The Emotional Side of Inclusion

By Elliot Lum

I only started to embrace the emotional side of inclusion after the pandemic started. Intellectually, I understood what this word meant. I've written about the topic in multiple large scale studies that were published by the ANA Educational Foundation: The Diversity Disconnect: Charting Future Pathways to Inclusive Growth and My Voice Matters: Linking Inclusion to Business Growth.

This qualitative and quantitative approach to studying inclusion enhanced my rational understanding of what it meant to be inclusive. Emotionally, however, I only began to truly understand this word after the Asian hate came out into the public domain in 2020. I was emotionally riveted when I read the NY Times article, "Spit On, Yelled At, Attacked: Chinese-Americans Fear for Their Safety." It became clear to me that I had to take action.

As such, I reached out to various people who would talk with me as a way to learn more thoroughly about the root causes of what was happening. Why was there so much hate? Where did all this hate stem from? Was I going to be attacked on the street like many others?

During this time, I believed that marketers had a role to play in this narrative as they shape public perception with their messages. I began to ask myself, what could we do to paint a different picture, that we as a community, are included in the larger community?

However, the big question became: Would others who were similarly affected by what was happening show up to talk about it?

In fact, many did. I started the conversation with 20 marketing executives who identified as Asian American Pacific Islander (AAPI) — and met several times debating on the direction we should take as a group. However, with no budget or no agency, we could debate all we wanted but struggled to take real action.

The act of just meeting, however, was the necessary catalyst we needed to form the invaluable bonds of a fellowship that enabled us to talk about race in a much more open, inclusive way. What started out as a group of about 20 AAPI marketing executives turned into a community of close to 300 AAPI senior level marketers today in 2022.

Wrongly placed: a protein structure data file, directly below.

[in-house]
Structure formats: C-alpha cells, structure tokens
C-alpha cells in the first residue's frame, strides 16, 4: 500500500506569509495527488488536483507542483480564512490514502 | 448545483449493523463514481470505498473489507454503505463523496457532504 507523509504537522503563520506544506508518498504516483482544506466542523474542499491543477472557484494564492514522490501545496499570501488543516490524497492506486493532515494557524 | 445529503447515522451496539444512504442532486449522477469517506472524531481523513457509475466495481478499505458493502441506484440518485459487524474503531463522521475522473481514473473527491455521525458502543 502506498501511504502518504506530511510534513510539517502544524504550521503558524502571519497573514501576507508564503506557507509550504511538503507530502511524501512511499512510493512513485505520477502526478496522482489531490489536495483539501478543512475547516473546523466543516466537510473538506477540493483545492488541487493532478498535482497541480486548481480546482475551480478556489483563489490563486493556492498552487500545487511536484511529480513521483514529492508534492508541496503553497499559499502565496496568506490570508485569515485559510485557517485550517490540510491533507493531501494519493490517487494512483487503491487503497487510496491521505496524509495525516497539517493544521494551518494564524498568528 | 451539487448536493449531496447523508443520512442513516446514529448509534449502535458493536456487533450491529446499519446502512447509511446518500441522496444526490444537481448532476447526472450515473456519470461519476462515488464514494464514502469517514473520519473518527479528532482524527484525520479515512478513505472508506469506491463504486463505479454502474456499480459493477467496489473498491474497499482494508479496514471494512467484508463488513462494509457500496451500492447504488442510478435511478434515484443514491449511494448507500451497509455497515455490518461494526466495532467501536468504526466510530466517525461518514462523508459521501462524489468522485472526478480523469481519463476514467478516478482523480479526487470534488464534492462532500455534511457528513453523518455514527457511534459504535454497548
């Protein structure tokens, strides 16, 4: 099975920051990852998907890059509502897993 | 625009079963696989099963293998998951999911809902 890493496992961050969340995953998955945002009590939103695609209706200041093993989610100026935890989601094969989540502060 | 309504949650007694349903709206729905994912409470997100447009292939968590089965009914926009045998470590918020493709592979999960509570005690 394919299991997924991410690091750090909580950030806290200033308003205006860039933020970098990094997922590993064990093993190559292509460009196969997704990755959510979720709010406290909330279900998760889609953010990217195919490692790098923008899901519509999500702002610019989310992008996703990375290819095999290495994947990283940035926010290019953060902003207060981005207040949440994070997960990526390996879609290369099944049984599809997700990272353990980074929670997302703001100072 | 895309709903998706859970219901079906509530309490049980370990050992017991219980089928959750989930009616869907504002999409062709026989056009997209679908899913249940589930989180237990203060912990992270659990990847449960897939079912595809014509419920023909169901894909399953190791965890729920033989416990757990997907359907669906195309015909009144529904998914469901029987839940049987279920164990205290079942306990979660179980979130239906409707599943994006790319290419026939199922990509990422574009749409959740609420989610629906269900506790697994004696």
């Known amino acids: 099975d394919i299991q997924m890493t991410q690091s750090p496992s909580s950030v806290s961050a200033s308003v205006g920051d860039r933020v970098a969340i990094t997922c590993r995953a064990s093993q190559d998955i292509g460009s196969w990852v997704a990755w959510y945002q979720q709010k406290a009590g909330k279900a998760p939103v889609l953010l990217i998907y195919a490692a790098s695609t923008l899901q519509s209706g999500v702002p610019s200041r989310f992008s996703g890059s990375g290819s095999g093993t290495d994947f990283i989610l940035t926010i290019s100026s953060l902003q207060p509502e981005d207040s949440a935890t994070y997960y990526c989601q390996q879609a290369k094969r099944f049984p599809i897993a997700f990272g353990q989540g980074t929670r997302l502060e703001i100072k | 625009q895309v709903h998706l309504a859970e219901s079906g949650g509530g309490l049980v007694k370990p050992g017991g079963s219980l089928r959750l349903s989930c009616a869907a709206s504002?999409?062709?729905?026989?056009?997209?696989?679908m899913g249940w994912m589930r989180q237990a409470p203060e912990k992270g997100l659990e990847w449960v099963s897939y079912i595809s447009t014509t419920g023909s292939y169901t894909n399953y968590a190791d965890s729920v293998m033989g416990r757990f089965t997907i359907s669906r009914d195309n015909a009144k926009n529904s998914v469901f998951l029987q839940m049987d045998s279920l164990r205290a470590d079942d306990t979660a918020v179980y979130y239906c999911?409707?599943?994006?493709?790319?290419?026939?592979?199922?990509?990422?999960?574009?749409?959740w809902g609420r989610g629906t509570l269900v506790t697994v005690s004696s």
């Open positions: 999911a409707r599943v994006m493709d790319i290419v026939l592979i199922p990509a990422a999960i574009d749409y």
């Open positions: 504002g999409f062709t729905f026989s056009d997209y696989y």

In building this group, I met with each marketing executive to welcome them into this community. The process was deliberate and intentional to bring them into a space where everyone could feel like they belonged. Nobody had to pretend. They could be themselves because they were among peers who looked like them and came from similar backgrounds.

In a culture that prizes being "heads down" with the goal of achieving individual success, I looked to model a norm where we would welcome all interests to drive community gain. From advocating for greater representation for Asian artists to driving AAPI voting registration to building anti-bullying campaigns to support AAPI youth, we could all care about different interests while still having the common bond as marketers.

What I learned through supporting this group is that inclusion is about supporting every person's interests and where everyone in the group has a voice, where the group's future is based on collective dialogue.

Given the diversity of Asian cultures, we have made sure to be inclusive of all cultures from East Asian to Southeast Asian to South Asian — and make certain no one group is seen as dominant. For that reason, we named the group 108 Asian Marketers and More.

The number "108" is symbolic with its roots both in Hinduism and Buddhism; its meaning reflects connection, unity, and completion. While the center of gravity is the marketing community (as we have now exceeded 108 marketers in our group), we welcome others who are part of the marketing ecosystem, such as agencies and marketers.

For now, the group serves as an industry resource group for connection and community with an eye toward turning it into a nonprofit that accelerates AAPI visibility through the power of marketing.

The ANA word of the year "inclusion" has given me an opportunity to pause and reflect as my journey to understand, practice, and embrace inclusion is still not over. It's an ongoing process where I learn every day how to include others in what I do and how I show up with those who I have the privilege to work with at the ANA — and with the members that we serve.

The views and opinions expressed are solely those of the contributor and do not necessarily reflect the official position of the ANA or imply endorsement from the ANA.

This post was originally published at MediaVillage here. Don't forget to read ANA 2022 Marketing Word of the Year: Inclusion.

Elliot Lum is currently EVP of community and growth at the Advertising Education Foundation (AEF).